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Something Wild
12:00 am
Fri October 11, 2013

Of Seeds, Trees, & Squirrels

Credit hynkle via Flickr Creative Commons

For homeowners, the floating, spinning or tumbling tree seeds that collect on lawns, patios, gutters and driveways require raking or sweeping. Those "pesky" shade trees! Yet consider the tremendous wildlife food source and genetic wealth that seed crops represent, particularly cyclical acorn crops in NH!

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Something Wild
12:00 am
Fri September 27, 2013

Non-game and Endangered Wildlife Program Celebrates 25th Anniversary

Eagle on East Inlet in Pittsburg, August 2012
Credit Peter Gray / NH Audubon

Twenty five years ago, bald eagles and peregrine falcons were struggling to return from the brink of extinction.  A handful of outdated surveys were all that existed to assess the location and condition of most wildlife species.  Conservationists and biologists from New Hampshire Audubon, the State, and universities raised the call to "do something!"

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Something Wild
12:00 am
Fri September 13, 2013

Fallen Apples

Credit (Photo by Sebastian Droge via Flickr Creative Commons)

Robert Frost's apple poem "Unharvested" begins:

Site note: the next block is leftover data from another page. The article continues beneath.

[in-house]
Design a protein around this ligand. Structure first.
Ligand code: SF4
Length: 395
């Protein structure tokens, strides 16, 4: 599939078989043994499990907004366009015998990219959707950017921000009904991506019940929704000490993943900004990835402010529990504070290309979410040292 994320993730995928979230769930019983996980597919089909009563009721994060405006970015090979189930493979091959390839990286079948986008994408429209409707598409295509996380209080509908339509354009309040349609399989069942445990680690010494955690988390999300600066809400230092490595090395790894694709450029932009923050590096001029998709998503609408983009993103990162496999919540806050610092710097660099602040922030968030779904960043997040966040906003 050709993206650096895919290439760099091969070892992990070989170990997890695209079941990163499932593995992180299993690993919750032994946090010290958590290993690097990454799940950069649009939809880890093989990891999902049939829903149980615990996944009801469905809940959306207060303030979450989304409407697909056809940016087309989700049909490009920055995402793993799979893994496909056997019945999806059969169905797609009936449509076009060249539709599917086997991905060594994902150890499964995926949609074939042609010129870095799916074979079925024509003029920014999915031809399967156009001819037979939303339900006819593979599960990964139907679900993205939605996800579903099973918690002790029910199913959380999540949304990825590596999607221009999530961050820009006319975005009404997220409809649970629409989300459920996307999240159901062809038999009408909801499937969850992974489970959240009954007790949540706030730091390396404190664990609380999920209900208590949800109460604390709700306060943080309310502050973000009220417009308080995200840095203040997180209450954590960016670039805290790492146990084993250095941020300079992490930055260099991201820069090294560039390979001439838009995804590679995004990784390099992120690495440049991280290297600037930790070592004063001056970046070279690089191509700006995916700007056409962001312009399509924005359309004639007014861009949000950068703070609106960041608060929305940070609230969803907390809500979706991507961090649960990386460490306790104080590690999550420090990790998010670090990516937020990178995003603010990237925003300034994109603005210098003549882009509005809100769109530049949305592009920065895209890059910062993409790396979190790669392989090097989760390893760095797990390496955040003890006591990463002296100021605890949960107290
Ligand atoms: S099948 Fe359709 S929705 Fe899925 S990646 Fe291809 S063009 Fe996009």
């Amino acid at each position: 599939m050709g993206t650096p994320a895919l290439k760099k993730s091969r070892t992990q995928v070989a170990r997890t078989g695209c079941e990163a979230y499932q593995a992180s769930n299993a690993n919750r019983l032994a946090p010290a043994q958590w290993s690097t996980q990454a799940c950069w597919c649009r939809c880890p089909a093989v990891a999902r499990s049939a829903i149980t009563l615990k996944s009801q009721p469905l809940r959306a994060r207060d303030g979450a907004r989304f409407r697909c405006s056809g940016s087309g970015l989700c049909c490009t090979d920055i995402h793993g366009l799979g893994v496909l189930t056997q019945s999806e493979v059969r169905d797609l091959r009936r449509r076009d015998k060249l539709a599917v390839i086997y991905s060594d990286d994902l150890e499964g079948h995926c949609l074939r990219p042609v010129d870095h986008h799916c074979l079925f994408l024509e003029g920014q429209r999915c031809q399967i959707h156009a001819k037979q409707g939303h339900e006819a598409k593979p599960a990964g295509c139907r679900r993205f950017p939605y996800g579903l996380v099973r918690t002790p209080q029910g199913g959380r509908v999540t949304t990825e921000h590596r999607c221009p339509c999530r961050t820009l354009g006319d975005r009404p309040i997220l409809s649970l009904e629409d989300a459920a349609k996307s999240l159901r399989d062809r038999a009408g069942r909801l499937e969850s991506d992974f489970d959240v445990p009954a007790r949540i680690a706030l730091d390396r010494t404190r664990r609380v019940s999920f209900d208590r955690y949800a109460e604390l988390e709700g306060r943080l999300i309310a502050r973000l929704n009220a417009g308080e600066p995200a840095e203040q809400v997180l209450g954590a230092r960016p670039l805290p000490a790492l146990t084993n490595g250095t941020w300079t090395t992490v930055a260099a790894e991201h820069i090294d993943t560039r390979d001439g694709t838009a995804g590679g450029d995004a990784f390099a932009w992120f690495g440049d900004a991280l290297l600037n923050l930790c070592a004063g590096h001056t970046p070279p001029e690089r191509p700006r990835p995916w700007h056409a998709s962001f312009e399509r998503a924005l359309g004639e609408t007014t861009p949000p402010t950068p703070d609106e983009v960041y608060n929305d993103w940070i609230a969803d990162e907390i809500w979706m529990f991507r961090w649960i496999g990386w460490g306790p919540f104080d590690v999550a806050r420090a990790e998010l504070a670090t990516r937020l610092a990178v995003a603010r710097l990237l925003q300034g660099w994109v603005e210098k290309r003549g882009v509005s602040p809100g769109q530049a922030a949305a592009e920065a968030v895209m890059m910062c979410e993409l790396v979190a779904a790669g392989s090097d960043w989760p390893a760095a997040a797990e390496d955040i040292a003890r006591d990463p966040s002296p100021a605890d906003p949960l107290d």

A scent of ripeness from over a wall.
And come to leave the routine road
And look for what had made me stall,
There sure enough was an apple tree
That had eased itself of its summer load,
And of all but its trivial foliage free…

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Something Wild
9:21 am
Fri August 30, 2013

Yellow Jacket Season

Credit Ross and Lori Reed via Flickr

Forests are often bone dry at the end of the hot summer. When dusty leaves of poison ivy and wild grape vines display the first crimson tinge of fall, underground “yellow-jacket” hornet nests reach their maximum annual size and ferocity beneath brushy fields and woodlands.

The papery hornet nests are packed with nutritious, fat and protein-rich larvae. The grubs are defended aggressively by agitated worker hornets that will soon lie dead after the first hard freeze.